Terrorists have struck again in Israel. On January 5th in Tel Aviv, two Palestinian suicide bombers killed about two dozen people and wounded more than one-hundred. The two attacks took place almost simultaneously near a bus station. One terrorist set off a bomb at a bus stop, and the second blew himself up on a crowded pedestrian mall. Several terrorist organizations have claimed responsibility for these heinous acts.
The Palestinian Authority headed by Yasser Arafat condemned the January 5th attacks. As U.S. officials made clear, it is essential for the Palestinian leadership to take every step in its power to end terrorist attacks.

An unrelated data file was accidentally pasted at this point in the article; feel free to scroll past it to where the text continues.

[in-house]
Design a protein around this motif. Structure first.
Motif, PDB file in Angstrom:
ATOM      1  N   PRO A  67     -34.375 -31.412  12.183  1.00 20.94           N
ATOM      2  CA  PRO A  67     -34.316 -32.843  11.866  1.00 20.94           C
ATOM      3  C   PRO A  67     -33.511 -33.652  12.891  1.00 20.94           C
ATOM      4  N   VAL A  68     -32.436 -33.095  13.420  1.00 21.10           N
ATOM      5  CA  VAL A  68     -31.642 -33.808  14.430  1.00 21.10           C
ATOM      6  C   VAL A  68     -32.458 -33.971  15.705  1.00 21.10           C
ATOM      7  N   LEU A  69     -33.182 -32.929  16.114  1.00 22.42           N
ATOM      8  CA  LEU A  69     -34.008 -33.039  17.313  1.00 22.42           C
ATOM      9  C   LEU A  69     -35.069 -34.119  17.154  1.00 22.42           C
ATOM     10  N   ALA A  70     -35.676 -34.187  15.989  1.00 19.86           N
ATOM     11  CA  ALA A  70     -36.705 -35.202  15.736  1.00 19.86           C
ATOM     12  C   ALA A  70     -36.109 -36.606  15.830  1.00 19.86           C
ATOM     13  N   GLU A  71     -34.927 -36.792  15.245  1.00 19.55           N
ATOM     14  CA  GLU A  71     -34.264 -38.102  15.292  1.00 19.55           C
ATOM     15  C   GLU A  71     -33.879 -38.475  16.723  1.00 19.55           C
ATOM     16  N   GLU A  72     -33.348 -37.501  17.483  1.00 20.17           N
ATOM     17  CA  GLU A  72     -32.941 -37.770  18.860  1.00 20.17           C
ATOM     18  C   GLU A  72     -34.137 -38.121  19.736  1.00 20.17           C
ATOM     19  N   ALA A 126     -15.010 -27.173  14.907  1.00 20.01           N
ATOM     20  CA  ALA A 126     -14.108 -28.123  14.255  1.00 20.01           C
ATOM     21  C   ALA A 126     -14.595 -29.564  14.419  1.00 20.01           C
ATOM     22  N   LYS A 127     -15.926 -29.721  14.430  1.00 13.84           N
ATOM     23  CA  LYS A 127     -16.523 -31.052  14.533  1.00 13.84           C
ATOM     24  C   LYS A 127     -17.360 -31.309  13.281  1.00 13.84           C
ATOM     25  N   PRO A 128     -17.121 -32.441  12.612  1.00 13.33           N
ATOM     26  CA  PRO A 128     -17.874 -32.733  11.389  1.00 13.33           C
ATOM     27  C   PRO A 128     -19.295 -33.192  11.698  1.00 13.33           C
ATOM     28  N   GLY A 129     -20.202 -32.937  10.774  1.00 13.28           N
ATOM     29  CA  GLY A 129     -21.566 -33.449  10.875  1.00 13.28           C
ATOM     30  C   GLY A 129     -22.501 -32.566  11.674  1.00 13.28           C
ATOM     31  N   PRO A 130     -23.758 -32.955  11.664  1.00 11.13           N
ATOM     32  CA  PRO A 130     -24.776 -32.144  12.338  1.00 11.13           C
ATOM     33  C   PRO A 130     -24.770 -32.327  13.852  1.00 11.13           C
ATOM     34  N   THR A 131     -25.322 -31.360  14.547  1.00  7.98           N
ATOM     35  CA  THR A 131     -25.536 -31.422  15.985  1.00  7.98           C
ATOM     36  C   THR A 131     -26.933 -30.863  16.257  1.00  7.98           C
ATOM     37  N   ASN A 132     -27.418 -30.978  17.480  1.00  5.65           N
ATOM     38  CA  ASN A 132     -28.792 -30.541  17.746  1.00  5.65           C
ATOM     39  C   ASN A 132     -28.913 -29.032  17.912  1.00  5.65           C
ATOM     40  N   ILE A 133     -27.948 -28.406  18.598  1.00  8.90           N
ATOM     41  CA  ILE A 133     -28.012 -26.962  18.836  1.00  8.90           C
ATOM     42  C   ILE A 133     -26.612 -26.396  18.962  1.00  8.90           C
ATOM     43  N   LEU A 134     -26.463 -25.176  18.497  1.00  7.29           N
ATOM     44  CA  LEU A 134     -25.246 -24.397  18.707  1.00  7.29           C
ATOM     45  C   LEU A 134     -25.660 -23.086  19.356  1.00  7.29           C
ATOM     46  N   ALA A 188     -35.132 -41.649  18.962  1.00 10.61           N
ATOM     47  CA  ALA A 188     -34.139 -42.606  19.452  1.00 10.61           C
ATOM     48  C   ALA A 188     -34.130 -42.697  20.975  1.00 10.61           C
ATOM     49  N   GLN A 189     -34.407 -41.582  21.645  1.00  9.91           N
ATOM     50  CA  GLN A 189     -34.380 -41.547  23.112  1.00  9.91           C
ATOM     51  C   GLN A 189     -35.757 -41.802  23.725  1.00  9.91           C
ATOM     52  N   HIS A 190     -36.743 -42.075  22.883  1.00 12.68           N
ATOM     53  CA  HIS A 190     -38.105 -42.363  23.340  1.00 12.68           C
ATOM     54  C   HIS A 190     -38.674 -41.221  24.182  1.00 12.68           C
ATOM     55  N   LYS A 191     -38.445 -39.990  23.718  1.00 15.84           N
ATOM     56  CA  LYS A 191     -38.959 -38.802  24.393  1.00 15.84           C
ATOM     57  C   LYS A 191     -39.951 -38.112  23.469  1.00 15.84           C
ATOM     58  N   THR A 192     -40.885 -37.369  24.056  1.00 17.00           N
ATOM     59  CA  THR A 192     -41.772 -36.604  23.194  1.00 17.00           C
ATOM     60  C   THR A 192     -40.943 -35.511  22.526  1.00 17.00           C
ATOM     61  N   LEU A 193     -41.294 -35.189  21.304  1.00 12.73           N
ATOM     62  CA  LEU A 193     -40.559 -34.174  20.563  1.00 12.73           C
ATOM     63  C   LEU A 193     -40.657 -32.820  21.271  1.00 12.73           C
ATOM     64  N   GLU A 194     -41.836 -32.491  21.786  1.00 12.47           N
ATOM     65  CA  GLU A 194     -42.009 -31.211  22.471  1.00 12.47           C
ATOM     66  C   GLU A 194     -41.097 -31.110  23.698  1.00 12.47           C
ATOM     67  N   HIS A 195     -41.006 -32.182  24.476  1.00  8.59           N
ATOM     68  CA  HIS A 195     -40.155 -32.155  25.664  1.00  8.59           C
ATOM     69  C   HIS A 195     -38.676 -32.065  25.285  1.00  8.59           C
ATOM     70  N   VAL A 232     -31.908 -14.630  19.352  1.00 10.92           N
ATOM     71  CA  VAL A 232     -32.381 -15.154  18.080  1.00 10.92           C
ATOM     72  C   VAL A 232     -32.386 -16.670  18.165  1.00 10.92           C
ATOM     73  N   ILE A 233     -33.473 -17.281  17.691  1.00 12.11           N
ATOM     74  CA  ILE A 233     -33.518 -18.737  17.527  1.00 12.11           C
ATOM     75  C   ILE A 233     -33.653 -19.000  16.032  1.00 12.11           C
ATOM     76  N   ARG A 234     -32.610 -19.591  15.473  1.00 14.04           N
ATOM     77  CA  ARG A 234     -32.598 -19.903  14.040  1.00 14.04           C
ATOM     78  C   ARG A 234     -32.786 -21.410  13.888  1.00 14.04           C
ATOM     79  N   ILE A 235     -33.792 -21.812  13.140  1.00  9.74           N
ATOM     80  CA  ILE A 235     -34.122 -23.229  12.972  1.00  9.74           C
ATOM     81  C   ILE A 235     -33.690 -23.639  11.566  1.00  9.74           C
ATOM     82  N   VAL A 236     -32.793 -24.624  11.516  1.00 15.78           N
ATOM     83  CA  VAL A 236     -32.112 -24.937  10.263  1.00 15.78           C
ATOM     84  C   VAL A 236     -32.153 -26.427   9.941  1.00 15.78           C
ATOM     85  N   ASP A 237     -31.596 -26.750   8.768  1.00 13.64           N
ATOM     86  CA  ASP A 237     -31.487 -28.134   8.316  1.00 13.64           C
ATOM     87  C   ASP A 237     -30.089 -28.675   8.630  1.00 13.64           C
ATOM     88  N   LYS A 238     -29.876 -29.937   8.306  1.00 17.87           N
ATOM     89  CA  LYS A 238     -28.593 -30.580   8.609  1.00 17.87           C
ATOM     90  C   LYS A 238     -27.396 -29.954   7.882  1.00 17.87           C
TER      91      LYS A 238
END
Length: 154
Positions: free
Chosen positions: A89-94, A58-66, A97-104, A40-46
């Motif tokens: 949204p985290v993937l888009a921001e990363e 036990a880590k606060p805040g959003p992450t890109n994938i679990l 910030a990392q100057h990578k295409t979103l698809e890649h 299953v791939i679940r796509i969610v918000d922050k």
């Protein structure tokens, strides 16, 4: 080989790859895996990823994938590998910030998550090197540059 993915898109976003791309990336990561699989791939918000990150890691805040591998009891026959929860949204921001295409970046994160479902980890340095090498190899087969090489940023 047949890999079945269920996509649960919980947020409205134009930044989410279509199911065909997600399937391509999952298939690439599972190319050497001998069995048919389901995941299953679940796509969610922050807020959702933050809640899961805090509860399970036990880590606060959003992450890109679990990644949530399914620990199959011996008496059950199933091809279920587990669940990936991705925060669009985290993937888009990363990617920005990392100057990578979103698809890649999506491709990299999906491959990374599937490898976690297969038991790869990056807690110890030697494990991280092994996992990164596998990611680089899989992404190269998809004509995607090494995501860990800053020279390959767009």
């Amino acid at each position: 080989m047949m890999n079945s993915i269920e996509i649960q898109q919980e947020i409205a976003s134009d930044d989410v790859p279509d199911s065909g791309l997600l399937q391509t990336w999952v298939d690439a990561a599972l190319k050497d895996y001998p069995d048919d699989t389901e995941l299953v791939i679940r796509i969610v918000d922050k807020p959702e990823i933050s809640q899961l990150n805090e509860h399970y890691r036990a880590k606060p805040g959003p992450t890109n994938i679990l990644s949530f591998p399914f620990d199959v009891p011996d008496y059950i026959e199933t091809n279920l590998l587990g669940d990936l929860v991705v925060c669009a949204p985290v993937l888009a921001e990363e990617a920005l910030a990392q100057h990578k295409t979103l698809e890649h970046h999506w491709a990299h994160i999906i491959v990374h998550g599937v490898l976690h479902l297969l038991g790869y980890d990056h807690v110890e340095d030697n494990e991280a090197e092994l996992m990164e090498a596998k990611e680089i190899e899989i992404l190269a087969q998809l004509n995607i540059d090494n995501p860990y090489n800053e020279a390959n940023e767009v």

In a White House statement, President George W. Bush called the January 5th suicide bombings “despicable.” Mr. Bush called on all people who seek Middle East peace to join in the effort to stop terror. The U.S., he said, “is determined to continue the global fight against terrorism and against the terrorist organizations that conduct operations such as the murders in Israel.”
Some have wrongly called the suicide bombers “martyrs.” But Islam, like other great religions, prohibits the killing of civilians. Those who encourage murder and suicide in the name of Islam are profaning the religion they claim to support. As President Bush put it in a speech to the United Nations, “a murderer is not a martyr; he is just a murderer.”